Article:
on the lakes undoubtedly afford our chief reliance for defence and offence. To furnish them shelter from tempests, the harbors must be enlarged and rendered accessible; and to protect them and their supplies, as well as the property and lives of our citizens from an enemy, those harbors and the most important of the straits and rivers connecting the lakes, should be fortified. The comprehensiveness and able views of the board of officers on this subject, in their report of May, 1840, already mentioned, cannot be strengthened by any remarks from this departinent.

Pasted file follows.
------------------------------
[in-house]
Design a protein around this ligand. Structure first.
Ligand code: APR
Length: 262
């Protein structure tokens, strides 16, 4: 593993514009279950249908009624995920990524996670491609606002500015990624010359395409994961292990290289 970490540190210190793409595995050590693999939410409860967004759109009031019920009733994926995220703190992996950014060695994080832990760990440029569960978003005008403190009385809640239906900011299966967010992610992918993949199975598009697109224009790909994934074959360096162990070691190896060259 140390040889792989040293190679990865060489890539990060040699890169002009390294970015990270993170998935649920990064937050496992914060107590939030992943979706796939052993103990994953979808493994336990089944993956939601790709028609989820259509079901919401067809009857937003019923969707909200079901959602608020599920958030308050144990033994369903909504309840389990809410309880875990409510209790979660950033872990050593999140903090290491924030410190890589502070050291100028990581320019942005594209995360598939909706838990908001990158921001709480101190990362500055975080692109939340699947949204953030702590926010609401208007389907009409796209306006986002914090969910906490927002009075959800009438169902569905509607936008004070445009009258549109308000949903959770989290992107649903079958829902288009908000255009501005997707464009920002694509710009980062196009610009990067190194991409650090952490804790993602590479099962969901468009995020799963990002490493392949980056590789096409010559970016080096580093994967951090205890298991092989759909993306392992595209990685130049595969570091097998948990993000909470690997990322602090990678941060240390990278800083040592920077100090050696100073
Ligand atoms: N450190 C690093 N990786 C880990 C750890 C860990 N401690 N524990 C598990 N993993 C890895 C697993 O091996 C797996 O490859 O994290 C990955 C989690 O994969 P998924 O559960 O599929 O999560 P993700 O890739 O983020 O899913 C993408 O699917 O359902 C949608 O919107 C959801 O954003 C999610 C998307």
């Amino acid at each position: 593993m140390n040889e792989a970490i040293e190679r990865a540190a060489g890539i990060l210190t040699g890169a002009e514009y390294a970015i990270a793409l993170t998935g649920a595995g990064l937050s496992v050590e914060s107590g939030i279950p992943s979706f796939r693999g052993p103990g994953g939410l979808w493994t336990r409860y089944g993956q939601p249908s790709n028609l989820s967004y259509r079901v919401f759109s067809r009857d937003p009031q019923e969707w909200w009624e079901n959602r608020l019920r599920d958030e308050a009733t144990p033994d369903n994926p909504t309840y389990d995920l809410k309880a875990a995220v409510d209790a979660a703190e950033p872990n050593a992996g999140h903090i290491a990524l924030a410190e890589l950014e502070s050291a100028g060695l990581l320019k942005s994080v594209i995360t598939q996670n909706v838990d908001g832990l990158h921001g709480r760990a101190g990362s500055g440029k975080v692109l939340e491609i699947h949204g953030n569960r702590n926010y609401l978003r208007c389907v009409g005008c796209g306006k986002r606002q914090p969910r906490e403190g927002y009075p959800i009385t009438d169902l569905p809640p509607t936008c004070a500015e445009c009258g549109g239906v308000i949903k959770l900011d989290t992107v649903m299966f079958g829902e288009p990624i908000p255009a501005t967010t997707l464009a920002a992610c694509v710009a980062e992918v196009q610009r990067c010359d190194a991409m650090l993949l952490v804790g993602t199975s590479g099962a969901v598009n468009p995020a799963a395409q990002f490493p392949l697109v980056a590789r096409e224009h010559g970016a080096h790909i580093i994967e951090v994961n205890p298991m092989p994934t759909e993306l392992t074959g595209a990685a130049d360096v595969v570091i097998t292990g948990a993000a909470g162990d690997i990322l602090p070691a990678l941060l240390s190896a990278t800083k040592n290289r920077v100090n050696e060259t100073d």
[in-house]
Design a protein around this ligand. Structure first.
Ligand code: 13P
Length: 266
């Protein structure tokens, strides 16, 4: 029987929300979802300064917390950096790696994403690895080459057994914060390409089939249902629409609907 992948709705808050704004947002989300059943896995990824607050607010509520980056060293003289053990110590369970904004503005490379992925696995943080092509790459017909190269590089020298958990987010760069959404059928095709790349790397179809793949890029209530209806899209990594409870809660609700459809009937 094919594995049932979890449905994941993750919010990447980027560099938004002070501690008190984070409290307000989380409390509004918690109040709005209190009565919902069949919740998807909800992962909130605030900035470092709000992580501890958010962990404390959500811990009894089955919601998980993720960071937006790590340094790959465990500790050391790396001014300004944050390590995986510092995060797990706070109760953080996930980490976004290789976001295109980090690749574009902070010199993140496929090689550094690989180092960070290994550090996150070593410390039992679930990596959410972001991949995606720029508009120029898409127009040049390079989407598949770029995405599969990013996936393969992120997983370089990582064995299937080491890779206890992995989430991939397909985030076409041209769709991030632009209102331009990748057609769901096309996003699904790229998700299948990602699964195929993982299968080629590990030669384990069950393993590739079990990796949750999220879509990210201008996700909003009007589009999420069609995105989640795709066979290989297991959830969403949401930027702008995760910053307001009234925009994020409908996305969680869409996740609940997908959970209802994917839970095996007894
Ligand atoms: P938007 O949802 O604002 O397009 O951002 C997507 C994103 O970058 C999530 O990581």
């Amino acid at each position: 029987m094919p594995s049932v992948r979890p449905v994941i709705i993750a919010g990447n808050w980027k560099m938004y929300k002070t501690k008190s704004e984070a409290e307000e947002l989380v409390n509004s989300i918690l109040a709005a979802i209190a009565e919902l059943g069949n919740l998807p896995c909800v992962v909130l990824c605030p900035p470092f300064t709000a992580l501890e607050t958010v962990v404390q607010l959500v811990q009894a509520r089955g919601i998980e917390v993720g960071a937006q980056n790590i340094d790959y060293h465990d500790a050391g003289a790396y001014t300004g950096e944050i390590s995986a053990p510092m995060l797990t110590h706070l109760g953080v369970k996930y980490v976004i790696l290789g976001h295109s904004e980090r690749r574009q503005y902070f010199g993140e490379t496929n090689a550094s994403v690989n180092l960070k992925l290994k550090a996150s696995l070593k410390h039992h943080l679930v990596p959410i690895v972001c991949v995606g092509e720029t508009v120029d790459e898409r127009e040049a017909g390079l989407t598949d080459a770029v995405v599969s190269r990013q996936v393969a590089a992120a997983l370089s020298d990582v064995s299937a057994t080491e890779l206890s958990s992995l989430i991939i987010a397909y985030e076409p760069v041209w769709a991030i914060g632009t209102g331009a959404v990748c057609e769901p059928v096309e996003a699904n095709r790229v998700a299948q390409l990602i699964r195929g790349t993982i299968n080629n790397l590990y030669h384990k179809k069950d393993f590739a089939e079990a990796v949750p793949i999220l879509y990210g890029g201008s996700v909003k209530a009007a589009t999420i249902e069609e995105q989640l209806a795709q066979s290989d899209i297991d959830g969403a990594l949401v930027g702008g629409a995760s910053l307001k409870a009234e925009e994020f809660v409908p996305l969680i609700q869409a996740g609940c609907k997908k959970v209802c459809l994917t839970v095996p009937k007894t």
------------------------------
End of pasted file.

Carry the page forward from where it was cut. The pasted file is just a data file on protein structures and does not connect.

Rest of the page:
1. Line of exterior posts into the Indian Country. The present state of our relations with these Indians, and Under the first head, the plan communicated to the Senate, other considerations which will readily suggest themselves, on the 3d day of January, 1838, in pursuance of a resolu- seem to demand prompt attention to these views, and the tion of that body, and recommended by the then Head of adoption of the necessary measures to execute them. this Department, was approved in its general outlines by the 2. Defences on the Northern Frontier. board of officers-who reported on the subject in May, 1840, į Second. The defences on the northern frontier will neand appears to be well adapted to the purpose. It contemplated a line of exterior posts advanced into the Indian coun- cessarily be of a different character from those already contry, beyond the boundary of existing cessions, for the pur-sidered, as they must be designed for protection against a pose of overawing and repressing hostilities among the In-powerful enemy, possessing all the means of warfare along dians, or against our own settlements; and an interior line a distance of more than two thousand miles. Naval forces of posts, as places of refuge in cases of danger or alarm, with depots for arms and supplies. There seems to have been some difference of opinion whether the forts to be established at these posts, should be constructed of wood, so abundantly furnished by the country, or of stone, or other equally indestructible material. From the information which has been received, and from the uniform practice in Indian wars, the better opinion would appear to be, that stockaded forts with log block-houses, would afford sufficient protection against an enemy unprovided with artillery. The rapidity and economy with which they could be erected, in many cases chiefly by the labor of the troops, would give them a decided preference. It is not perceived why the interior line of posts, or as many of them as may be necessary, should not also be used as depots of subsistence and military supplies. Six or eight of the exterior line, and eight interior posts are deemed sufficient. The following are the forts established, which may be considered forming parts of this plan of defence. Fort Jesup, 25 miles south-west from Natchitoches, on the road to Texas; Fort Towson, near the confluence of the Kiamichi and Red rivers, in the Choctaw nation, 325 miles from Fort Jesup, and about 50 miles from the western boundary of Arkansas; Fort Smith, situated on the Arkansas river, partly in Arkansas and partly in the Cherokee nation; Fort Gibson, about 60 miles north-west of Fort Smith, on the Arkansas river, and 207 miles from Fort Towson; Fort Wayne, on the Illinois river, in the Cherokee nation, not far from the western boundary of Arkansas, 6 miles from Fort Gibson; Fort Leavenworth, on the right bank of the Missouri river, 236 miles from Fort Smith; Fort Snelling, at the junction of the St. Peter's with the Mississippi river, 512 miles from Fort Leavenworth; Fort Crawford, 300 miles below Fort Snelling, on the Mississippi river, about 5 miles from the mouth of the Wisconsin; Fort Winnebago; at the portage between the Fox and Wisconsin rivers, about 130 miles from Fort Crawford; Fort Howard, at the head of Green Bay, 115 miles from Fort Winnebago; Fort Mackinac, on the island of Michilimackinac, at the outlet of Lake Michigan; Fort Brady, on the St Mary's river, at the outlet of Lake Superior; and Fort Gratiot, on the St. Clair river, at the outlet of Lake Huron.